Gordon Dean, in addition to being a ridiculously smart guy, also dropped some great knowledge. When he died in a plane crash in 1958, among his possessions was a piece of paper with the following life lessons.
- Never lose your capacity for enthusiasm
- Never lose your capacity for indignation
- Never judge people. Don’t type them too quickly. But in a pinch, never first assume that a man is bad; first assume that he is good and that, at worst, he is in the gray area between bad and good.
- Never be impressed by wealth alone or thrown by poverty.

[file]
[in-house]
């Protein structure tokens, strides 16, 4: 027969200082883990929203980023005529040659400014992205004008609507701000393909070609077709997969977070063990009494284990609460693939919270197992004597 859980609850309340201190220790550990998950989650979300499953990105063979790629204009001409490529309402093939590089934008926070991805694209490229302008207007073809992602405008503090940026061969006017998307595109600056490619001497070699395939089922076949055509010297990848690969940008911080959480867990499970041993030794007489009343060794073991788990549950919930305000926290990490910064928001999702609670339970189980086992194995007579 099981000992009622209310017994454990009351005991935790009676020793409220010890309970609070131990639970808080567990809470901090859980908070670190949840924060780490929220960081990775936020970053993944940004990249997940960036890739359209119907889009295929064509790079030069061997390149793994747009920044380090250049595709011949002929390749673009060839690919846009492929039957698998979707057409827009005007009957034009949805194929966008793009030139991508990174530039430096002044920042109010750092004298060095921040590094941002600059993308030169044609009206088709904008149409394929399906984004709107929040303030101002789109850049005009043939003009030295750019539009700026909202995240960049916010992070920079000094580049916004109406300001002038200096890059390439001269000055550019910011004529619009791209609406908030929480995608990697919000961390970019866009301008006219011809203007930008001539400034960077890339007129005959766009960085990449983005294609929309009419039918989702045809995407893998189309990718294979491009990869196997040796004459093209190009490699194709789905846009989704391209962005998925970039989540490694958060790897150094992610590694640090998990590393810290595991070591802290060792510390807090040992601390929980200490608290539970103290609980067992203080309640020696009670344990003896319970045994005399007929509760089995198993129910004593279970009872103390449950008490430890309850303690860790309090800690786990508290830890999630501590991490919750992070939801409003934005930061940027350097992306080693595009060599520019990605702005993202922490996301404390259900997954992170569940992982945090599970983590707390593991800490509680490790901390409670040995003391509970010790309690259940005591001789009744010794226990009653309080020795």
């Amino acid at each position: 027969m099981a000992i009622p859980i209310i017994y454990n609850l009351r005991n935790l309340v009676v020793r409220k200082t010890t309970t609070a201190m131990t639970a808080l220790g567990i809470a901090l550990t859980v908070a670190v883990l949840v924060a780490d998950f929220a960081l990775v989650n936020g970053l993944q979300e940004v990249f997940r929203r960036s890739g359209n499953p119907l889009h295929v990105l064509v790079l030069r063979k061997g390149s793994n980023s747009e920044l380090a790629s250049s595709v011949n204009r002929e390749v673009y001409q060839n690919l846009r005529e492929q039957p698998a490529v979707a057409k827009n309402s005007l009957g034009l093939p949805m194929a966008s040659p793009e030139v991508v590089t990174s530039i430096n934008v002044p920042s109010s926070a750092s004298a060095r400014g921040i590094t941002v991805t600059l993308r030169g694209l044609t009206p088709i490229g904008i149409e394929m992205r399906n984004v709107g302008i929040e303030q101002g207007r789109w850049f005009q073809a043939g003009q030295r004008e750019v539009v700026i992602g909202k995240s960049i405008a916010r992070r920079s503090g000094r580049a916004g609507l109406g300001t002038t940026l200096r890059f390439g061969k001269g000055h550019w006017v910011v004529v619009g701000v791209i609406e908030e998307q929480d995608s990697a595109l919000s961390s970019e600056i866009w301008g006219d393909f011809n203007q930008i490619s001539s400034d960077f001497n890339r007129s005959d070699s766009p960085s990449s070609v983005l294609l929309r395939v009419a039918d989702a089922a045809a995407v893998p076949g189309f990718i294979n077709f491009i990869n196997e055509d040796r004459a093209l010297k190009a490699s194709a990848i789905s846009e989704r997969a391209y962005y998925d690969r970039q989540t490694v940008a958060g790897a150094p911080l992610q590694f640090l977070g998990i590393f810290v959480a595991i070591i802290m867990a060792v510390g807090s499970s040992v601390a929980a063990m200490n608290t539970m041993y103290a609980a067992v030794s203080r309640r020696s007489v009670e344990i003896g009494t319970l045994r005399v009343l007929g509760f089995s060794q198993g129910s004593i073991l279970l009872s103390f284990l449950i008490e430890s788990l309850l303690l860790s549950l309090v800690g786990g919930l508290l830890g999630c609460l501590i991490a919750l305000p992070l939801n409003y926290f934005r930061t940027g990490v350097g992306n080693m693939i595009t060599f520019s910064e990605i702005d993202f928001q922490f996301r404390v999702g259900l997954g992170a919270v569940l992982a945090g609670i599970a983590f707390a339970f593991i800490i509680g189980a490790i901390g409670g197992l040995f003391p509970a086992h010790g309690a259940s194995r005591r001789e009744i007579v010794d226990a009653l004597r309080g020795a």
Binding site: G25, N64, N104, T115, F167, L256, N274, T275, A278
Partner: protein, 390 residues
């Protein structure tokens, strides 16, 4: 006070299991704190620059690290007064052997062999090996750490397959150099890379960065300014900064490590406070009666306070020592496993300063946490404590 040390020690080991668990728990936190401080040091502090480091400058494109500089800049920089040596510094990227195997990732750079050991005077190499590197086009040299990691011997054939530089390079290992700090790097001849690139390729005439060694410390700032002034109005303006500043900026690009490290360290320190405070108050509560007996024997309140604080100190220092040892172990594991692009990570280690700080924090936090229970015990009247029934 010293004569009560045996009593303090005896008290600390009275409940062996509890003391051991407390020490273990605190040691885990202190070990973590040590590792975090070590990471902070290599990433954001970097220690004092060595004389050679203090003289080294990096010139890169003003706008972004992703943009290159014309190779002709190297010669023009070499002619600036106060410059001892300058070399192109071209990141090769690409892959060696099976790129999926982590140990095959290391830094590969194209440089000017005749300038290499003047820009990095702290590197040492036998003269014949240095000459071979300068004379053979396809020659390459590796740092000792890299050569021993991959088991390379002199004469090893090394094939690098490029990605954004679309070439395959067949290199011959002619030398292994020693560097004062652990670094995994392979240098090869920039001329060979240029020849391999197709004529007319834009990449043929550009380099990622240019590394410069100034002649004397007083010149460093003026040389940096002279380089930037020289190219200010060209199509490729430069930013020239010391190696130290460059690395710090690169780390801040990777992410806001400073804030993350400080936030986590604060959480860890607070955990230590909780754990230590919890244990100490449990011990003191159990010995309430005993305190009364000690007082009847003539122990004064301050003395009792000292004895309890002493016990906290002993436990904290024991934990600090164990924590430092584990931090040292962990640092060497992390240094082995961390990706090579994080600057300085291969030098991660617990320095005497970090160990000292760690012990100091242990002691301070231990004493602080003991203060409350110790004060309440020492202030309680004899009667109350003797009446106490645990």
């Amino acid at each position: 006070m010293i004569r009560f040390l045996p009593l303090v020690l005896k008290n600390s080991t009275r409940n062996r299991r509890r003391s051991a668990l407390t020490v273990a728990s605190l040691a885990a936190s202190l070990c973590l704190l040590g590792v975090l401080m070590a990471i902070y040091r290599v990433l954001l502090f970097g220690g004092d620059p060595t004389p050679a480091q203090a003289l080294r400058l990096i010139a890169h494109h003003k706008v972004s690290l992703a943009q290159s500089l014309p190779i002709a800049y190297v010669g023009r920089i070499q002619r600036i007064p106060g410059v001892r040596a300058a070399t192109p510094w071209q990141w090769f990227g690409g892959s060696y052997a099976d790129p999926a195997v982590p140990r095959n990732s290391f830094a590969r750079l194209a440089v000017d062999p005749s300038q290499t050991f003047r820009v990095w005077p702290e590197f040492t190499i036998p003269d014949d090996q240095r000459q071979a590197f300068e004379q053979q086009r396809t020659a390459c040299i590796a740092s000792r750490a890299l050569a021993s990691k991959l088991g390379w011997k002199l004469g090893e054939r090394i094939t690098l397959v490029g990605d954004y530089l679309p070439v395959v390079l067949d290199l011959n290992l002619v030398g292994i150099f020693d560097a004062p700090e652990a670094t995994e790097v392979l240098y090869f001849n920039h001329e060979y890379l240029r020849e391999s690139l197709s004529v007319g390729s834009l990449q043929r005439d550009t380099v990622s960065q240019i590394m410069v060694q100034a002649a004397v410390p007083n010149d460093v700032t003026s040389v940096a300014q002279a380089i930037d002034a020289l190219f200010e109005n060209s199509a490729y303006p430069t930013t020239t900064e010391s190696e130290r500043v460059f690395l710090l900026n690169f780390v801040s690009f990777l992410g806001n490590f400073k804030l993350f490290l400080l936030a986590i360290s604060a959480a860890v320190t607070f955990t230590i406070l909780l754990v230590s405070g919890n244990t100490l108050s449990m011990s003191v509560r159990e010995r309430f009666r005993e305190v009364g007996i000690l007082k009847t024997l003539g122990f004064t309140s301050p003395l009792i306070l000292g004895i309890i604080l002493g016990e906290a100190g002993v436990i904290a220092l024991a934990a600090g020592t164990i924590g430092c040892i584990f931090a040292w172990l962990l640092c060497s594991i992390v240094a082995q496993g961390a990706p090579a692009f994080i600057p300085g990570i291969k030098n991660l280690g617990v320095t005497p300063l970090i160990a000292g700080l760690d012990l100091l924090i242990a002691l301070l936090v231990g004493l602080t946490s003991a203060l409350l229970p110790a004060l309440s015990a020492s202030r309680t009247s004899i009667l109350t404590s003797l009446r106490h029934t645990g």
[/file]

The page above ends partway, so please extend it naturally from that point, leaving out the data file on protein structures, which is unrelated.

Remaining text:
- If you can’t be generous when it’s hard to be, you won’t be when it’s easy.
- The greatest builder of confidence is the ability to do something–almost anything–well.
- When confidence comes, then strive for humility; you aren’t as good as all that.
- The way to become truly useful is to seek the best that other brains have to offer. Use them to supplement your own, and be prepared to give credit to them when they have helped.
- The greatest tragedies in the world and personal events stem from misunderstandings. So communicate!